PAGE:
• Qualitative research: do the same criteria apply to narrative research that are used more generally in other forms of qualitative research in the social sciences? Do we abide to some more general criteria such as transparency, emphasise some criteria more than others (e.g. reflexivity), have specific ways of following more traditional criteria (Amia Lieblich for example proposed at the Narrative Matters conference some years ago six dialogically based forms of external validity specific to narrative research; Mark Freeman proposed an alternative notion of objectivity), or do we align ourselves more with criteria derived from literary studies and linguistics? Or is the specific frame we use to assess the quality of our work dependent on the approach within narrative research? What would be the strategic advantage of having a set of criteria that we share with qualitative research or of having separate criteria? (for example to support – prestigious – grant applications).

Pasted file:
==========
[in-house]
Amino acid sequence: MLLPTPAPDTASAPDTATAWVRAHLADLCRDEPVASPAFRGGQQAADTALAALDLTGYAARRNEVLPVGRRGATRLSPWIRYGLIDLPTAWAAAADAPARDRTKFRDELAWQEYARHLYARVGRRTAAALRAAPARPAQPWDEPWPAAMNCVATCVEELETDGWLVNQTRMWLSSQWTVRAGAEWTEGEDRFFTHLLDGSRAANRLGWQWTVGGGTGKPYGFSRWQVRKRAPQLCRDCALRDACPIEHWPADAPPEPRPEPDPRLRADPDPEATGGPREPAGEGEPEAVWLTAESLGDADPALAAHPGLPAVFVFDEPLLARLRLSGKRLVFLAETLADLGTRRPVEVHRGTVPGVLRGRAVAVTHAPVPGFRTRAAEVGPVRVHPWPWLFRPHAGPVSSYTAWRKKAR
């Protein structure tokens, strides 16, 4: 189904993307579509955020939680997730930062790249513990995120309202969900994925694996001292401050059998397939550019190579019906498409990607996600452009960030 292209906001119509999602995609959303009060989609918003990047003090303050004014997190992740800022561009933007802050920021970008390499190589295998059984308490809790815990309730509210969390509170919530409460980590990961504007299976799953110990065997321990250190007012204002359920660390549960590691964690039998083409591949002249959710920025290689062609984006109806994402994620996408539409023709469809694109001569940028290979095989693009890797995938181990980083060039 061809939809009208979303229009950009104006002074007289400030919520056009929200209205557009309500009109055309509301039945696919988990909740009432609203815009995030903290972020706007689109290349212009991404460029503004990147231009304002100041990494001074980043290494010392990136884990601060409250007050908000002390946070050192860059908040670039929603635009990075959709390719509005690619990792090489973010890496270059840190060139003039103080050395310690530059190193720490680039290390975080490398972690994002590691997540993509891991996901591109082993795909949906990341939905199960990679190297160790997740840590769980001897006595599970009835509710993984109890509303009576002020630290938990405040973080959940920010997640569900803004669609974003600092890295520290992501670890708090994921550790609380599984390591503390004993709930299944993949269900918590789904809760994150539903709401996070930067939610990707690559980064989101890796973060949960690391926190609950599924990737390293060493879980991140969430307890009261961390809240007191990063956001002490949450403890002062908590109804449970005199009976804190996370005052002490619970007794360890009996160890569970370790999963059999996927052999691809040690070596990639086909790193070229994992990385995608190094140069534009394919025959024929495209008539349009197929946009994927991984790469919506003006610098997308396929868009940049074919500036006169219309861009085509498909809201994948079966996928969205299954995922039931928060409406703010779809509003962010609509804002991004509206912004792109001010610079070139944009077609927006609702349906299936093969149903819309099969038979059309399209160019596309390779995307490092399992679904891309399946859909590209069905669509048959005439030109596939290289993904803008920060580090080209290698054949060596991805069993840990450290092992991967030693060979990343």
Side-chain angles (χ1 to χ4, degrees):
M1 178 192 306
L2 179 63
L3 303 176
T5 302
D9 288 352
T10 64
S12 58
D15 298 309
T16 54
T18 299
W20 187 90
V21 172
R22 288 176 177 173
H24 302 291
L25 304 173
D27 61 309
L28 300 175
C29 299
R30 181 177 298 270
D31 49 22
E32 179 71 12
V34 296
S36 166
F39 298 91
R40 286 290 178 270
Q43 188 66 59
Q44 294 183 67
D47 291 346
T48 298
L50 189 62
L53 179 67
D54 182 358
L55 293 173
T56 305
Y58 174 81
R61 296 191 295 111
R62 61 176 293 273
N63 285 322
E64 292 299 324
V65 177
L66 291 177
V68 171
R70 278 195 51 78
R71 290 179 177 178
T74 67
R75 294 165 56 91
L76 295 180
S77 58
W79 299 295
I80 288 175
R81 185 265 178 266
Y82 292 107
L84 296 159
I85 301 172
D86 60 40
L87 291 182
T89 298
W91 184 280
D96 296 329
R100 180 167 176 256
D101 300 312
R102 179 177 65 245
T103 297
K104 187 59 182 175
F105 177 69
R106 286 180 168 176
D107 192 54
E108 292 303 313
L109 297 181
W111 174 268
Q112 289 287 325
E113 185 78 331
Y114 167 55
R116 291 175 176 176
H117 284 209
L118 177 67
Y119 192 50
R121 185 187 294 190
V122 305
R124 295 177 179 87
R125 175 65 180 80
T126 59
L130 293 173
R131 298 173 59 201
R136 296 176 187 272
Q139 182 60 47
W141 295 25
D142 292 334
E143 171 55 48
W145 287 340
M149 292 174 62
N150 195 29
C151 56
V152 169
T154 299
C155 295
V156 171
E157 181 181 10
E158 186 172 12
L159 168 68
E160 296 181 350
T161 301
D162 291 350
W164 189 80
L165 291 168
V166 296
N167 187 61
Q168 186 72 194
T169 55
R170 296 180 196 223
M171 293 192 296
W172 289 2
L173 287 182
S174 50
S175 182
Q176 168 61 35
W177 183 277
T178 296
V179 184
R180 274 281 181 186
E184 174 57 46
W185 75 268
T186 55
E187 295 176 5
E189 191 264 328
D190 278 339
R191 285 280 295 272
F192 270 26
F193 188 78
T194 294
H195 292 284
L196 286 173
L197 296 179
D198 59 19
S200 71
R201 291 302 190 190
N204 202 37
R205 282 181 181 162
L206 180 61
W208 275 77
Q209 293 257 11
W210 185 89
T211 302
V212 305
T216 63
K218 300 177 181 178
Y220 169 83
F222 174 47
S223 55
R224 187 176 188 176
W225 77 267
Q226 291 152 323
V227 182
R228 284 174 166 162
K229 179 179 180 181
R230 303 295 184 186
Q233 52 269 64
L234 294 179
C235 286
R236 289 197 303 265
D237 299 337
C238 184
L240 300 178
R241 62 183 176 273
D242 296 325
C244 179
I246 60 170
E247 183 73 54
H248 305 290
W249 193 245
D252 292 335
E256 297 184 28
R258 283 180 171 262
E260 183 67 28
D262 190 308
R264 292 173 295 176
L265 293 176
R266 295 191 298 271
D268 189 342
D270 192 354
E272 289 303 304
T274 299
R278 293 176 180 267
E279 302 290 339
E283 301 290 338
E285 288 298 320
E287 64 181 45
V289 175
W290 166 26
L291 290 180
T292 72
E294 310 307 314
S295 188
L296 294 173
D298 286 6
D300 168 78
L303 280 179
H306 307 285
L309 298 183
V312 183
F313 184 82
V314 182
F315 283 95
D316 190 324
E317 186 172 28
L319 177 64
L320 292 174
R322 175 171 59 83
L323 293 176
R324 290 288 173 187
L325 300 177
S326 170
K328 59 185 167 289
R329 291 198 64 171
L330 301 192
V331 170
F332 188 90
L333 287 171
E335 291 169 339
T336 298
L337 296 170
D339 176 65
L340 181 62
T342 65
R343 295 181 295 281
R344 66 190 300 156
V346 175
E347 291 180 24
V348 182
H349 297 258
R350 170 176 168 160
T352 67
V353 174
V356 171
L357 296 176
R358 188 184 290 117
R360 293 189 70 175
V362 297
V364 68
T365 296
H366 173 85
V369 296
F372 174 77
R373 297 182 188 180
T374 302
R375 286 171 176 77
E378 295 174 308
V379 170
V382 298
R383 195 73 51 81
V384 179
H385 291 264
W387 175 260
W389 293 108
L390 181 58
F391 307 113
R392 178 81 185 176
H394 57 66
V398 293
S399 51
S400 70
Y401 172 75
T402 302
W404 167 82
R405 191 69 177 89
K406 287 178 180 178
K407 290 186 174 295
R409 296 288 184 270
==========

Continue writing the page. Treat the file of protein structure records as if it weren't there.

• Quantitative research: should narrative research be aligned automatically with qualitative research or (also) with quantitative research? Or do we identify with neither qualitative nor quantitative research, for example because we distance ourselves from the idea that narrative research is ‘science’? Does a lack of criteria, and of consensus about these criteria not undermine the academic credibility of narrative research?
  • Academic journals: Should there be criteria for assessing the quality of journal articles employing narrative research? Should authors for example define their use of narrative (as an approach, an epistemology, a data collection method, a method of analysis, an action method), and demonstrate consistency in executing their particular use/position? Should there be some minimal requirement to identify a study as ‘narrative’? (often interview studies using thematic analysis are portrayed as narrative studies while it is unclear what is narrative about either the data or the analysis). Having criteria could serve as a guide for authors to increase the quality of their work, and it could convince editors to include narrative studies in their journal.